Healthcare prices vary significantly from one organization to the next for the same services and patients are highly unlikely to know what those prices will be. The issue is a topic of frequent debate and concern for all within healthcare. With all of those discussions, price transparency can often be touted as a panacea to the ills of the system. That is not necessarily true.
When thinking about price transparency, what is meant by transparency may need to be defined. Like so many other areas of healthcare, transparency takes on many meanings. Is it revealing just the chargemaster at a hospital, which was the result of a new rule that became effective on January 1, 2019? Is it quoting an anticipate charge for a service as has ostensibly been required for years at this point under Massachusetts law? Is it posting negotiated rates that may reflect the amount actually paid? Each of those is a form of transparency that has been or is being implemented. A brief review of each will help underscore why transparency is neither easy nor the final solution.
Revealing the hospital chargemaster did not create a ready trove of prices that were easily understood by patients, or really anyone. The chargemaster is a comprehensive compendium of all charges for all services that a hospital may provide. Further, it is possible that the chargemaster includes services no longer provided if it has not been updated recently. The prices listed also do not reflect what may actually be paid. Instead, the chargemaster could be considered the list price from which all negotiations start. In that way, it is almost like the manufacturer’s suggested price for a car. It is shown, but highly unlikely that anyone actually pays that specific amount. The other difficulty in extracting easy to understand information for the average person from a chargemaster is that it will be organized by billing code or some other coding context. It would not, for example, say hip replacement, x-ray, or another readily identifiable service.
While obtaining a chargemaster does not necessarily help someone determine what they will have to pay, it is an important data element. As discussed with Aneesh Chopra in an episode of Healthcare de Jure (listen below), the chargemaster information can be combined with other pieces of information to begin stitching together the bigger picture. Each piece of information sheds light on some area that will be helpful, even if the nature of that help is not ascertainable at first.
What about requiring health insurance companies and hospitals or physician group to disclose the cost of a service? The second round of healthcare reform passed in 2012 included a provision obligating health insurers, hospitals, and physicians to disclose the cost of a service upon request. The seemingly simple requirement has a lot of nuance and complication, which results in the right not being invoked very frequently. To obtain a quote, an individual may need to state a specific CPT code, something that most people either have never heard of or would not know with sufficient specificity. Additionally, the quote will only apply to a specific service identified, which means any additional service or procedure provided in addition to the one asked about will come with an unknown cost.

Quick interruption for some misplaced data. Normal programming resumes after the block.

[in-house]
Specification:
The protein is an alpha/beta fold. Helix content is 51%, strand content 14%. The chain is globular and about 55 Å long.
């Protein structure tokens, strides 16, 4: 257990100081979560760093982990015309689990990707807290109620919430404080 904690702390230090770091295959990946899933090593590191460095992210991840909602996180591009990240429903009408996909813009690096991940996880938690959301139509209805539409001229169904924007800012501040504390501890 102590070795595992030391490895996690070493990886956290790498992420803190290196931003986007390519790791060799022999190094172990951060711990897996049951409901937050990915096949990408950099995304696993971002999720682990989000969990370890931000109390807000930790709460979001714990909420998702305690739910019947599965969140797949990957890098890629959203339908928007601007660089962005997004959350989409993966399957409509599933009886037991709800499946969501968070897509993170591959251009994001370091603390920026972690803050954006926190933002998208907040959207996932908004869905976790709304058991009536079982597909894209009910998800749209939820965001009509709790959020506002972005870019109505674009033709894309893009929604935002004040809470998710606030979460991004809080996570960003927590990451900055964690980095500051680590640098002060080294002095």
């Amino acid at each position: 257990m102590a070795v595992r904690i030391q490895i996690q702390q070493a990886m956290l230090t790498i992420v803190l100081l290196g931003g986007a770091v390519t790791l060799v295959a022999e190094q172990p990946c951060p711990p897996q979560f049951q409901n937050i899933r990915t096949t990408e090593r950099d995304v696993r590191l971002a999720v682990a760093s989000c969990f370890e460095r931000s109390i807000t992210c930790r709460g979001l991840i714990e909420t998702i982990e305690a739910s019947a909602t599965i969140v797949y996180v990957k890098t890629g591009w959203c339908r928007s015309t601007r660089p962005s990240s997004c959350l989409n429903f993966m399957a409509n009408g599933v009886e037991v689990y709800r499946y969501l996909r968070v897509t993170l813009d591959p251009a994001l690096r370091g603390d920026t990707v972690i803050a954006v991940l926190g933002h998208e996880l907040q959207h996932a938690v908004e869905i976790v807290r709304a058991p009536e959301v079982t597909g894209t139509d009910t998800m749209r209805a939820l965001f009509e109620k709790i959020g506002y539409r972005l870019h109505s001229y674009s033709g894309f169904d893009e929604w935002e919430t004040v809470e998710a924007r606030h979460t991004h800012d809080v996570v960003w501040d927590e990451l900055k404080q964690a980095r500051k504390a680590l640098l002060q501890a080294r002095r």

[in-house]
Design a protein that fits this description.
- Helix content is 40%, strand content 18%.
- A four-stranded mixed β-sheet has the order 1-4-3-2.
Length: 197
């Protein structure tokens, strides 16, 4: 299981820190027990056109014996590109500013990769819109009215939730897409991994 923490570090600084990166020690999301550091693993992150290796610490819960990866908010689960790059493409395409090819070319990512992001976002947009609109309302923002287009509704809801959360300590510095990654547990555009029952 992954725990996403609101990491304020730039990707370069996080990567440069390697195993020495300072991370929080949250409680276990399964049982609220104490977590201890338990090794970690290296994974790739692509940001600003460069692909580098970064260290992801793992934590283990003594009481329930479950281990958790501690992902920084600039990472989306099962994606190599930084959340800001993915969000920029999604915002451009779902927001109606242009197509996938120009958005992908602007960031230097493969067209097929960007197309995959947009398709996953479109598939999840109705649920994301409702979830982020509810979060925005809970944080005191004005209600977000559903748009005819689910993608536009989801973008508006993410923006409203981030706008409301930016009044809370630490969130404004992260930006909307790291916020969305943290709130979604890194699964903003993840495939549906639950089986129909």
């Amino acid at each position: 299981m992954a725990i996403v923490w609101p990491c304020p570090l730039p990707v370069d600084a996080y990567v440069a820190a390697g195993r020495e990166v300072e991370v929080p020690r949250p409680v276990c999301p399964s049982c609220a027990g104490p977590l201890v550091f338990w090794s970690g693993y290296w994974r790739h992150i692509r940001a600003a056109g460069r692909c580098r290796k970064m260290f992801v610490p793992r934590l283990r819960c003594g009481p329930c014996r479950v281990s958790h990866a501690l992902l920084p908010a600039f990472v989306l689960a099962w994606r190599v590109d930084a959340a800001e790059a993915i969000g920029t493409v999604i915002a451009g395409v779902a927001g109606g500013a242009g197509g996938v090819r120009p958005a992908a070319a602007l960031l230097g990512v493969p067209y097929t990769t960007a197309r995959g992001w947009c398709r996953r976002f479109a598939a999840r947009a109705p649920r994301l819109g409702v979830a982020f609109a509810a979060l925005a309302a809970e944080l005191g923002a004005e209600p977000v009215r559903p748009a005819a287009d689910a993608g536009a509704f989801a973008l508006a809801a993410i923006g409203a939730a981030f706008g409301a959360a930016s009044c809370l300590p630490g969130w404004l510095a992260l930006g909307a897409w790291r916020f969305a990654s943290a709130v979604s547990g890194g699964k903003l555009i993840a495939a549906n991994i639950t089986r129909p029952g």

The difficulties in obtaining a price come from the personal experience of this author. Within the past year, a request was made to a clinician’s organization about the cost of the procedure. The response given was to ask the health insurance company. The health insurance company would not answer until coverage was effective and even then punted the question back to the clinician organization. The merry-go-round would likely have continued indefinitely and was only short-circuited after communication was made to an internal contact to address the issue. Why was the process made so hard? That has yet to be answered.
The Massachusetts experience could soon go national following the recent Executive Order on Improving Price and Quality Transparency in American Healthcare to Put Patients First issued by the president. The broad brush of the Executive Order will be to force hospitals, physicians, other clinicians, and health insurance companies to make price information available. Per the Executive Order, regulations should begin to be proposed within 60 days of the order. Leaving aside whether the timeframe is reasonable, what will or should the upcoming regulations look like? Every person who answers that question could very well have a different answer. The one likelihood will be that any required action will not act as anticipated.
With all of the recent and not so recent actions, what does that mean for price transparency? It means that price transparency is not easy, individuals may not necessarily use the information, and no system of disclosure will operate as intended or expected. Despite those challenges, efforts to increase the availability of information should likely proceed. Putting more data points out into the wild provides the ability for someone (or many someones) to put the data together in a new way or present it in a new manner that enables better comprehension and use.
While price information has traditionally been jealously guarded as proprietary or a trade secret, why is that the case? Why should light not be shined on that information to potentially create a more level playing field and one where informed decisions can be made.
This article was originally published on Mirick O’Connell’s Health Law Blog and is republished here with permission.